By Christian Takushi MA UZH, Macro Economist, 6 Feb 2018 – Switzerland.
In a recent research report we concluded that the current US administration is being constrained by the upcoming US midterm elections in its foreign policy options – in particular versus Iran, North Korea and China. The US midterm elections are expected to be held on November 6th 2018 and we believe that until this Fall the Trump administration will be rather cautious on Foreign Policy to avoid derailing the current US economy expansion. Any major geopolitical conflict with heavy casualties and unclear political results could derail the global economic expansion. Based on our independent analysis we ascertain that the GOP wants to sway the suburbs with the economic card. The suburbs are likely to be the most contested battlegrounds of the midterm campaigns.
Russia’s smaller role in the current global economic expansion compared to China, explains why the USA is being harsh on Russia and slightly more lenient on China in the first 10 months of 2018. Both, Russia and China, are supporting the North Korean regime, but only Russia is getting the brunt of the West’s anger. Still, potential for surprises is big in 2018.
It is against this delicate backdrop of overlapping economic and geopolitical forces that the current turmoil in financial markets – if sustained – is likely to further reduce the likelihood that the USA may take decisive action to confront North Korea or Iran before November 2018. While such action may still be triggered by external factors or an increment in the threat levels, we ascertain that the biggest priority for the current US Administration in 2018 is to support the US economic expansion. Why? The odds for the upcoming midterm elections in the USA are against the Republicans and many analysts are predicting that the Democrats could sweep (retake) Congress. After having failed to advance on other policy fronts due to self-inflicted divisions and the effective DNC obstruction in Congress, the Republican Party will try to retain its majority in both the Senate and the House focusing its campaign mainly on the Economy and the positive economic sentiment around the nation. In the South and Mid-West it will additionally appeal to evangelicals and other religious groups pivoting on having delivered on key campaign promises, but the suburbs shall be more complex than that.
A Stock Market sell-off may not hand over Congress to the DNC
Many analysts are saying that a sharp decline of the Dow will favor Democrats in November. Not so fast: This sell off has been triggered by the first significant rise in salaries in a decade. Rising salaries lead to higher inflation expectations and interest rates, which in turn send stock prices lower. That can’t be too bad for Main Street and American workers, who tend to have smaller 401 (k) plans and own less than 10% of America’s stocks by value.
A financial turmoil doesn’t immediately derail the GOP midterm strategy, because it is the top 10% of Americans (by income) that own roughly 80% of the stock market. But the economy is a complex system. Should the turmoil extent to a full-blown financial crisis, it could affect economic sentiment and thus cast a shadow on the main card the GOP is playing in this critical election year. It is clear that the new FED chairman is having a tough start at the helm of the US Central Bank.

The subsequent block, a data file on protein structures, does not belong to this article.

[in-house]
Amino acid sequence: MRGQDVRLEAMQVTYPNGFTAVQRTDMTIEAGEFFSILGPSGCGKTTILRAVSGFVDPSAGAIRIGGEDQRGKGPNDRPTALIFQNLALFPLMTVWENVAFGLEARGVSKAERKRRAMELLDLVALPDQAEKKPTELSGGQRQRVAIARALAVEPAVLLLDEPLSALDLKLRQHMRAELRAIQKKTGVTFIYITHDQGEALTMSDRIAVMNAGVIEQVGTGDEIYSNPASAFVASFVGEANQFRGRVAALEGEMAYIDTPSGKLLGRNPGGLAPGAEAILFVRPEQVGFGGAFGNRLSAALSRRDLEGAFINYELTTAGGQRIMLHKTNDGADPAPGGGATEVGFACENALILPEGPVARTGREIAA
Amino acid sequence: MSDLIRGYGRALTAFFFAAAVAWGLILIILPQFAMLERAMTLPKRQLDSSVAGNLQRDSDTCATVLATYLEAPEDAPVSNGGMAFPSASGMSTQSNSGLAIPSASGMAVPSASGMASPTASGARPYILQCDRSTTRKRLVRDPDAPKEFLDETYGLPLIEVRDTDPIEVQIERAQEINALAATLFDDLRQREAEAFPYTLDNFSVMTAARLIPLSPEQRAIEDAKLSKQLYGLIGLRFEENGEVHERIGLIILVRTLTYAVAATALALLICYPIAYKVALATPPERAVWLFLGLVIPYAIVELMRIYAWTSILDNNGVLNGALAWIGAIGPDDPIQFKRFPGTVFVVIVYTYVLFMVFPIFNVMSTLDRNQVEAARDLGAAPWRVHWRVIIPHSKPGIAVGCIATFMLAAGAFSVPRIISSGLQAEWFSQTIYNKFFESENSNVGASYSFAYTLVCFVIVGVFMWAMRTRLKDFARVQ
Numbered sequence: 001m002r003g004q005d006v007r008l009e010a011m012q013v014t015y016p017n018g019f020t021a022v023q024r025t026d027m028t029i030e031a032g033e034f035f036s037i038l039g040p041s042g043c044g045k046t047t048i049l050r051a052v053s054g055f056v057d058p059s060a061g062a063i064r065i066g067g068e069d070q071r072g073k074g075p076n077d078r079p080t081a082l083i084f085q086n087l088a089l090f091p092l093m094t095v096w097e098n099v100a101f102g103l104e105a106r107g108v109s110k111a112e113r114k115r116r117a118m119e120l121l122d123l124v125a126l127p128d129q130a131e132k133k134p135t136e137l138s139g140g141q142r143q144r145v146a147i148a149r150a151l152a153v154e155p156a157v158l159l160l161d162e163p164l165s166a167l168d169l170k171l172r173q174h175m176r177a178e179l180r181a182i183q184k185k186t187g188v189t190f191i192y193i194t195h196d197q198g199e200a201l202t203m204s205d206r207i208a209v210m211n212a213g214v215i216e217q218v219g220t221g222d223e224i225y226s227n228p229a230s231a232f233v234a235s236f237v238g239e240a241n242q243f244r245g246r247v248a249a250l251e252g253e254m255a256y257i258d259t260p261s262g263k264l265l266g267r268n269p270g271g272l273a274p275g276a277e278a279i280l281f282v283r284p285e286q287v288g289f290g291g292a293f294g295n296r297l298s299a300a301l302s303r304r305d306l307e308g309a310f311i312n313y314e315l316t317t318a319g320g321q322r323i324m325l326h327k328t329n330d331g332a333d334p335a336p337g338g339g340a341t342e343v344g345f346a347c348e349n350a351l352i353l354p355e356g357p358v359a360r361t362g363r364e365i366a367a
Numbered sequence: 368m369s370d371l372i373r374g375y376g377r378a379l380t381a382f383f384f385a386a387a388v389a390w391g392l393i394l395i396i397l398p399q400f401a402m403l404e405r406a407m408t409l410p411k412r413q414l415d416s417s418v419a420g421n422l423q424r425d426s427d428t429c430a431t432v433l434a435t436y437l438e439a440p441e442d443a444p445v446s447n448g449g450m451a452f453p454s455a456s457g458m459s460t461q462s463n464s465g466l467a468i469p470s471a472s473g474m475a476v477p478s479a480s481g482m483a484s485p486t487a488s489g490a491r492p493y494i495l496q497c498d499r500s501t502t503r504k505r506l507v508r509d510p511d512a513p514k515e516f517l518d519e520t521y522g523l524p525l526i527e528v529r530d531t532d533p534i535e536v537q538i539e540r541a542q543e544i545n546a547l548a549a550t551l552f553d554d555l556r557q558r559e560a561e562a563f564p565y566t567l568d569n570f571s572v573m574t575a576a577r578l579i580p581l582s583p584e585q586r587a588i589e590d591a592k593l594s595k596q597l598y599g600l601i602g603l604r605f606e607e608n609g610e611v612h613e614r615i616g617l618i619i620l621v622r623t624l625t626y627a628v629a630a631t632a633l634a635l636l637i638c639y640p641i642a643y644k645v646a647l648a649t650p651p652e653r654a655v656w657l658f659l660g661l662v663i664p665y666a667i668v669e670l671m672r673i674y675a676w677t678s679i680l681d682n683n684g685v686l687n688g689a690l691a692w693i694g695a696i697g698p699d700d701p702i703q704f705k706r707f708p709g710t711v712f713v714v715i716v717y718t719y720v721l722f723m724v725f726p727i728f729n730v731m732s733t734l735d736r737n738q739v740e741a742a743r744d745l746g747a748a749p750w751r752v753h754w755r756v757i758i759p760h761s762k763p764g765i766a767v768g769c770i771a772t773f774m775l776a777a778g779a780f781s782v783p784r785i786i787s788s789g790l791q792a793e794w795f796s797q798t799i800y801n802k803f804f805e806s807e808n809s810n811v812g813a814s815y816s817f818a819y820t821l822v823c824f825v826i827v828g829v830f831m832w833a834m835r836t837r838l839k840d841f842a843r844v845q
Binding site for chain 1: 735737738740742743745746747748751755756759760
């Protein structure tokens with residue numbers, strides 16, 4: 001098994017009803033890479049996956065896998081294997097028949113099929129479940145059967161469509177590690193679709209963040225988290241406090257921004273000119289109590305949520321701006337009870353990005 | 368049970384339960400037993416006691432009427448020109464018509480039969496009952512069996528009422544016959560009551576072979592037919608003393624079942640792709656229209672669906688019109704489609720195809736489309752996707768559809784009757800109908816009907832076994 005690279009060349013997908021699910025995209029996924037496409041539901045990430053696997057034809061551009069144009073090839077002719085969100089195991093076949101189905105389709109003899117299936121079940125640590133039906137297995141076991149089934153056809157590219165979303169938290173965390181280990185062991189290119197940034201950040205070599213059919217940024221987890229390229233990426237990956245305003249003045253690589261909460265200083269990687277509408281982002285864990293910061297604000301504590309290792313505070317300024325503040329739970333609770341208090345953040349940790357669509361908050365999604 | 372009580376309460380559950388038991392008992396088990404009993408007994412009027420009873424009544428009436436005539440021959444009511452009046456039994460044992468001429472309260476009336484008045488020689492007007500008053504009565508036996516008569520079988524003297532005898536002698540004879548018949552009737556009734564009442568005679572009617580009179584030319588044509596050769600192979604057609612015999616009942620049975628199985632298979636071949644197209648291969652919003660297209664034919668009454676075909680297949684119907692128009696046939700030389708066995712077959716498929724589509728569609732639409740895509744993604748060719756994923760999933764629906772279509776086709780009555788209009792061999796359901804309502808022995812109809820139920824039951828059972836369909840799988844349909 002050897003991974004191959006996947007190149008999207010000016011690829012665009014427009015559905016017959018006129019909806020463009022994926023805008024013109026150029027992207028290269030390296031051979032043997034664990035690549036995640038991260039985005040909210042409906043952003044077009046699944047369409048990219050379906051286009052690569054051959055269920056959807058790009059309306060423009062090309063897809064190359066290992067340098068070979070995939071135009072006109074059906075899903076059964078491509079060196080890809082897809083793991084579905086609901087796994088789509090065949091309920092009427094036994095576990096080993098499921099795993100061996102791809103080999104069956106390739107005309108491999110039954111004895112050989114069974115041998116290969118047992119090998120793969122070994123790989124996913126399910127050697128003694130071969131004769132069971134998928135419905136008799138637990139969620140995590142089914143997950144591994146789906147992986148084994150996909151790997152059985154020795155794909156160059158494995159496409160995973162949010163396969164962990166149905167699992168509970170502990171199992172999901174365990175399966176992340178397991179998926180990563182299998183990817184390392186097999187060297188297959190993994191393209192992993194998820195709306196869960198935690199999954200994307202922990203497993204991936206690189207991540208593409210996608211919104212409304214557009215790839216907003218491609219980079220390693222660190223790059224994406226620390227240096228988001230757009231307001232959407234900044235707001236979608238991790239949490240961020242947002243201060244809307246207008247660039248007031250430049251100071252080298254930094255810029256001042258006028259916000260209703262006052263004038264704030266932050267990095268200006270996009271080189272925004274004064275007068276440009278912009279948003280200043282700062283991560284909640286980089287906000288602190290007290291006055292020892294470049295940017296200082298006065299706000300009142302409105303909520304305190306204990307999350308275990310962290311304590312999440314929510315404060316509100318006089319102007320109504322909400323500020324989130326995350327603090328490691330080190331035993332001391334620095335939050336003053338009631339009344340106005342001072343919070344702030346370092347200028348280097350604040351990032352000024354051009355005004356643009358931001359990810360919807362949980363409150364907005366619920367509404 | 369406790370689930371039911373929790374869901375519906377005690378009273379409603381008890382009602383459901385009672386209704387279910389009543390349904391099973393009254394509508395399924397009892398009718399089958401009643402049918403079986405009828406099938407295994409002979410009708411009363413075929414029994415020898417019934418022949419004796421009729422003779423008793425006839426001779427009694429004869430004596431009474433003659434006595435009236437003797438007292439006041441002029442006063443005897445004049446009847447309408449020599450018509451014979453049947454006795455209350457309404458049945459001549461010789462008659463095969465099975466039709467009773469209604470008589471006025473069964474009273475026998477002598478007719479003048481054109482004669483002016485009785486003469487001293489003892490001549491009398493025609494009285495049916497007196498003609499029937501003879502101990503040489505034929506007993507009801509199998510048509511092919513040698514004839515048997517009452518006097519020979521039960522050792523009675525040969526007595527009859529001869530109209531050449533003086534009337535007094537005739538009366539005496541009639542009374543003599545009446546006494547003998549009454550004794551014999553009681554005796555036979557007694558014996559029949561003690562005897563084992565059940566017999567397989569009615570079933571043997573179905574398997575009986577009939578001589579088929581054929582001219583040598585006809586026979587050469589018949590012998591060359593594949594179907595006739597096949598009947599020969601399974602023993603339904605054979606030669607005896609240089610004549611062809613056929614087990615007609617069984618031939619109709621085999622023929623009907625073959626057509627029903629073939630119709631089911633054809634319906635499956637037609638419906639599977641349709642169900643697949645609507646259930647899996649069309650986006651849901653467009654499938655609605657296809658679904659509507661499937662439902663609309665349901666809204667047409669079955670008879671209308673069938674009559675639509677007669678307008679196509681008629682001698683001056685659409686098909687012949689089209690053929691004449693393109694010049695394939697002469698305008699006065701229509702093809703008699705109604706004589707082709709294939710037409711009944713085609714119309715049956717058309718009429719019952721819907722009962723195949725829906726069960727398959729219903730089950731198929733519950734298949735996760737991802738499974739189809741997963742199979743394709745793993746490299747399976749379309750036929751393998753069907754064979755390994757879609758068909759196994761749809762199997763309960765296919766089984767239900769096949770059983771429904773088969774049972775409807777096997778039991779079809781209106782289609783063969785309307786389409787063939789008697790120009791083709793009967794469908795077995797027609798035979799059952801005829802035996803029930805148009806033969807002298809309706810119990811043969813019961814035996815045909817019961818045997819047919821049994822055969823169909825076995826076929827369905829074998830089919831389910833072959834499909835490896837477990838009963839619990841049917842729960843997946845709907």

Several nations (actors) could force the USA to take action before Mid Term Elections
- Syria has crossed a red line again: The Syrian army has reportedly conducted a new chemical attack on civilians in defiance of the international community and human rights of civilians.
- Turkish offensive against Kurdish forces in Northern Syria is exposing the helplessness of the West to contain an ever more assertive Ankara. The offensive is not only taking a toll among the civilian population, it is inflicting losses to the most loyal US allies on the ground and could soon threaten the security of US special troops. This mechanised offensive is most worrisome as it has followed the formation of an alliance between Turkey and Russia-Iran. Turkey is a NATO member, on paper at least. President Macron is the only European leader actively confronting President Erdogan to avoid a dangerous escalation. Iran is relieved that Turkey is attacking Kurdish troops since the Kurds are a strategic buffer between Iran and Israel.
- Israel ready to contain Iran in Syria and Lebanon. The most dangerous geopolitical development has gone almost unnoticed by consensus: the massive Iranian military build-up in Syria and Lebanon since the successful Russian offensive of 2017. Teheran has laid the groundwork for at least one future war (possibly two) in the Middle East. Israel has now announced that it can no longer tolerate the build-up of heavy military assets by Iran and pro-Iranian forces (i.e. Hezbollah), threatening Teheran with military action. Saudi Arabia is accelerating its rearmament to contain its arch-rival, Iran, but relying in the meantime on the US and Israeli military for nuclear defence.
- Secret plans of Israeli submarines reportedly stolen (hacked) from German manufacturer, Defence Group ThyssenKrupp. This highly bizarre act of cyber warfare took place at one of the most advanced sub installations of the West and as Israel comes under growing cyber attacks by Iran. It has complicated German-Israeli relations further: Germany has been building a closer alliance with Iran over the past 7 years. The conflicts of interests between the three involved nations are coming under growing scrutiny and so is Prime Minister Netanyahu. The question whether Teheran got some help or a hint from Berlin could severely damage the already waning EU-Israeli relations.